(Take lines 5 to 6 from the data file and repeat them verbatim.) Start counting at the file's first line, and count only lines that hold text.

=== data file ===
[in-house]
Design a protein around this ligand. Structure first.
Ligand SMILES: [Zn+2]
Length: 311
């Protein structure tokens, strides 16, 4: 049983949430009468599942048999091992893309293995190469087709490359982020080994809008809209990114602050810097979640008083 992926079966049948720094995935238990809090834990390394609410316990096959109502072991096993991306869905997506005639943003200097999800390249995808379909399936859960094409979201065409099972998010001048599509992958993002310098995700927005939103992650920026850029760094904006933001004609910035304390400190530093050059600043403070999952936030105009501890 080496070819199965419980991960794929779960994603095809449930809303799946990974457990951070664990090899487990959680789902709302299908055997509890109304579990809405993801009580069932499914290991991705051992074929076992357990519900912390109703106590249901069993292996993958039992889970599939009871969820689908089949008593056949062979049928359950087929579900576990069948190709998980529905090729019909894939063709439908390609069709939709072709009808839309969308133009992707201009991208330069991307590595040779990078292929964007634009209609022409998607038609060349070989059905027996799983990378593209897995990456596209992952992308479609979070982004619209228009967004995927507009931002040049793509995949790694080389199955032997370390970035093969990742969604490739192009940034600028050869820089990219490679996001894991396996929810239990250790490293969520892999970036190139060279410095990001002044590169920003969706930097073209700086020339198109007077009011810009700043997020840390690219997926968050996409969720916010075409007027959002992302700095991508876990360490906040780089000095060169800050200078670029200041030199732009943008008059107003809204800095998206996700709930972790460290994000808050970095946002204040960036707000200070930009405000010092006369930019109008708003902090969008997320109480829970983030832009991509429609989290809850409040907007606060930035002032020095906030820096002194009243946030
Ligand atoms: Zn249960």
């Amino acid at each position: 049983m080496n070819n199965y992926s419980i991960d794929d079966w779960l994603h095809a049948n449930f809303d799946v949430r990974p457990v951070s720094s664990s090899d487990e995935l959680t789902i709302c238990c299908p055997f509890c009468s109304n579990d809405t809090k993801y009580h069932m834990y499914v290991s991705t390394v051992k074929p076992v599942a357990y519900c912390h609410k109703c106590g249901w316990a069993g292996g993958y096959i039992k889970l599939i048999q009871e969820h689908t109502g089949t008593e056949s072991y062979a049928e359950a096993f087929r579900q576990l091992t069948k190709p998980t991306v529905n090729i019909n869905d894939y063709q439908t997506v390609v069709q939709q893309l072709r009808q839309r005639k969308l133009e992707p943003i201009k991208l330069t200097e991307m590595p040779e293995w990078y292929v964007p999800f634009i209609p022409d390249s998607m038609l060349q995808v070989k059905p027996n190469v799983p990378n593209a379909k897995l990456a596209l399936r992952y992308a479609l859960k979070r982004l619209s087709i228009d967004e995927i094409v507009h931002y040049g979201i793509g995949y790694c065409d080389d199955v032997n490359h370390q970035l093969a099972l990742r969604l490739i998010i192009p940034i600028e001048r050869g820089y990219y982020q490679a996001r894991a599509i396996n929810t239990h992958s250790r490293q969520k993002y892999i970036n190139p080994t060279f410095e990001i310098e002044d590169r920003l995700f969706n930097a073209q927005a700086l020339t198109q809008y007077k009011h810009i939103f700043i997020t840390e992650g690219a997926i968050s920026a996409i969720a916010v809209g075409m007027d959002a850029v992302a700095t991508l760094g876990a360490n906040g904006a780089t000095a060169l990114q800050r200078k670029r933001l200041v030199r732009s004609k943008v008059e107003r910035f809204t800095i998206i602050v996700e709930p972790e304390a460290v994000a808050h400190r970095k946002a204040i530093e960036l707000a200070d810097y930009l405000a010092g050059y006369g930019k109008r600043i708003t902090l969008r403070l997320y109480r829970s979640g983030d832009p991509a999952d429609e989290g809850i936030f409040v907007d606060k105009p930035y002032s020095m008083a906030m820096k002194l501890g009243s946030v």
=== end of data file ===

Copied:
């Protein structure tokens, strides 16, 4: 049983949430009468599942048999091992893309293995190469087709490359982020080994809008809209990114602050810097979640008083 992926079966049948720094995935238990809090834990390394609410316990096959109502072991096993991306869905997506005639943003200097999800390249995808379909399936859960094409979201065409099972998010001048599509992958993002310098995700927005939103992650920026850029760094904006933001004609910035304390400190530093050059600043403070999952936030105009501890 080496070819199965419980991960794929779960994603095809449930809303799946990974457990951070664990090899487990959680789902709302299908055997509890109304579990809405993801009580069932499914290991991705051992074929076992357990519900912390109703106590249901069993292996993958039992889970599939009871969820689908089949008593056949062979049928359950087929579900576990069948190709998980529905090729019909894939063709439908390609069709939709072709009808839309969308133009992707201009991208330069991307590595040779990078292929964007634009209609022409998607038609060349070989059905027996799983990378593209897995990456596209992952992308479609979070982004619209228009967004995927507009931002040049793509995949790694080389199955032997370390970035093969990742969604490739192009940034600028050869820089990219490679996001894991396996929810239990250790490293969520892999970036190139060279410095990001002044590169920003969706930097073209700086020339198109007077009011810009700043997020840390690219997926968050996409969720916010075409007027959002992302700095991508876990360490906040780089000095060169800050200078670029200041030199732009943008008059107003809204800095998206996700709930972790460290994000808050970095946002204040960036707000200070930009405000010092006369930019109008708003902090969008997320109480829970983030832009991509429609989290809850409040907007606060930035002032020095906030820096002194009243946030
Ligand atoms: Zn249960």